Nikon just filed quite an interesting patent. This patent describes a mechanism that gives a photographer control over the use of Anti Aliasing filter.
If this goes through it could be pretty big. Here is why.
First, What Is Anti Aliasing Filter?
Anti Aliasing filter (or optical low-pass – OLPF) is a thin filter that actually softens the image a bit before it hits the sensor. The reason for this was to reduce moire effects. (Those are a wave-y shapes that you see on images with tight patterns.
This makes sense if you are shooting something that has a repeating frequency like repeating lines, dots or patterns. If the distance between those lines is in certain relations to the sensor, you get this pattern. (think back to news anchors wearing the wrong shirts).
So, Why Remove The Filter?
If you are shooting something with no pattern, you don’t actually get any pattern reducing benefits, while still softening your image.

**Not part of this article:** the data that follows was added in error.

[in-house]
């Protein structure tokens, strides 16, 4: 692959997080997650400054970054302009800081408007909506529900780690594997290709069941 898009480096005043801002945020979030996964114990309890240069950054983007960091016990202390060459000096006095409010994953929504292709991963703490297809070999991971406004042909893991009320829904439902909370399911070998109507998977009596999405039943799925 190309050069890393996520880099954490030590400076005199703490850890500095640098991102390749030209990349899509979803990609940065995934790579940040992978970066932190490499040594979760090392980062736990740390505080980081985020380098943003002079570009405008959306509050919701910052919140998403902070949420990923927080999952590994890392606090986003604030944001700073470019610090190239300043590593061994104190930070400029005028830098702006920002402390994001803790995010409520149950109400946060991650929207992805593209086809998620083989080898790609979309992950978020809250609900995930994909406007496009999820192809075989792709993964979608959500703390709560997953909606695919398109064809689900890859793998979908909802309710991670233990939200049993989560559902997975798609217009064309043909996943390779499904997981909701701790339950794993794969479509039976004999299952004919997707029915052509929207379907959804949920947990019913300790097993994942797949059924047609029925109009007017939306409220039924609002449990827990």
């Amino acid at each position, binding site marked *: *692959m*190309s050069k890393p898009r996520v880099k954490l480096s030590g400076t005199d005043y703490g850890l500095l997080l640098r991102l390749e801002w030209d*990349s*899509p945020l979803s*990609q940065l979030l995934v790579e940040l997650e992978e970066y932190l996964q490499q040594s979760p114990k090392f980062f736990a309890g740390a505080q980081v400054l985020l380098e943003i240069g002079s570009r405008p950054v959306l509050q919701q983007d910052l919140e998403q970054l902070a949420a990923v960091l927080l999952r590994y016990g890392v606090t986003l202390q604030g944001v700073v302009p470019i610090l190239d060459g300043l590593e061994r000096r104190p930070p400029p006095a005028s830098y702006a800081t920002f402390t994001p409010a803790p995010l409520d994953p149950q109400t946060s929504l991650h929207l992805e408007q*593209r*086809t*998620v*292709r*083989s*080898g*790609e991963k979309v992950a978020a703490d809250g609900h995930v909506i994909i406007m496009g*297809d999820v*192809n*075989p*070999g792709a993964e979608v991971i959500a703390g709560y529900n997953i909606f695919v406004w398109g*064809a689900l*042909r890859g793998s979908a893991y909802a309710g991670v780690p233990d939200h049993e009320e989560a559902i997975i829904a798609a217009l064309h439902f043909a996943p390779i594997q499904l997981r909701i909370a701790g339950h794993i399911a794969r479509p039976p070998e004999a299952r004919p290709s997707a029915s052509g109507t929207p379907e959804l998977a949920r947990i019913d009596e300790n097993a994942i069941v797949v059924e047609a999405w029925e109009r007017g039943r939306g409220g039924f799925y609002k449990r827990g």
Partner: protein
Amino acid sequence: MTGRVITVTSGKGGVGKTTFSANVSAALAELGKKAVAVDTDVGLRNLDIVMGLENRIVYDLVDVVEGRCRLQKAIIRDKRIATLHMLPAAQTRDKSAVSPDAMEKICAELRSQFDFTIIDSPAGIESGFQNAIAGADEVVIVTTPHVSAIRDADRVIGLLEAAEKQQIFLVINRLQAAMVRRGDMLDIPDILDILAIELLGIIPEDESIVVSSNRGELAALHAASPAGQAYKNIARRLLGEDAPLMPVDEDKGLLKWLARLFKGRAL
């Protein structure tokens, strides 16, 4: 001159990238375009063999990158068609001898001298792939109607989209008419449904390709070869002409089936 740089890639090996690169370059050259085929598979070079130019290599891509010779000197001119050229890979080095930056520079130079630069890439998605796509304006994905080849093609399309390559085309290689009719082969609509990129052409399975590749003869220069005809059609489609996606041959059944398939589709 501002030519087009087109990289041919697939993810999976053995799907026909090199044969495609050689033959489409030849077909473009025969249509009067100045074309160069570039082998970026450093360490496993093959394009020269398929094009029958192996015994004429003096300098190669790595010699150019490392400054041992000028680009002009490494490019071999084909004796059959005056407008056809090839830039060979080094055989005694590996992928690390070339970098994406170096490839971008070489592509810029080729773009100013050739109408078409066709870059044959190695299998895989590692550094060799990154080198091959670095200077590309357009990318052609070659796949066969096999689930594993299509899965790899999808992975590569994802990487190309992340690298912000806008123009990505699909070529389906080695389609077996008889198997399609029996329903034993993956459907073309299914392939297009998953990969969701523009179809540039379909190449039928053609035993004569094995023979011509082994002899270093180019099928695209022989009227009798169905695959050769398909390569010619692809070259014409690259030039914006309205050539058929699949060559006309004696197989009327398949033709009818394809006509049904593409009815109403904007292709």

This makes no sense for some types of photography. Actually, it makes no sense for most types of photography. This is why Nikon had two D800 bodies – a “regular” D800 and a AA filterless D800E body. You could choose sharpness or Moire.
While moire has very small effect on photography, it has a bigger effect on video. When the camera downscales the image from its native format (say down to 1080×1920) thin lines became jagged and pasterns become zig-zaged.
Now You Get Both
This has been a major selling point for the 800 series, but required that you made a choice. If this patent goes live you will not have to choose anymore. you’ll have all the sharpness in the world for shooting stills (AA off) while getting smooth video (AA on), making the DSLR a better dual use device.
The patent, sadly, is in Japanese, so the technical idea behind it can be either Google translated or extracted from the image above but the motivation is pretty clear.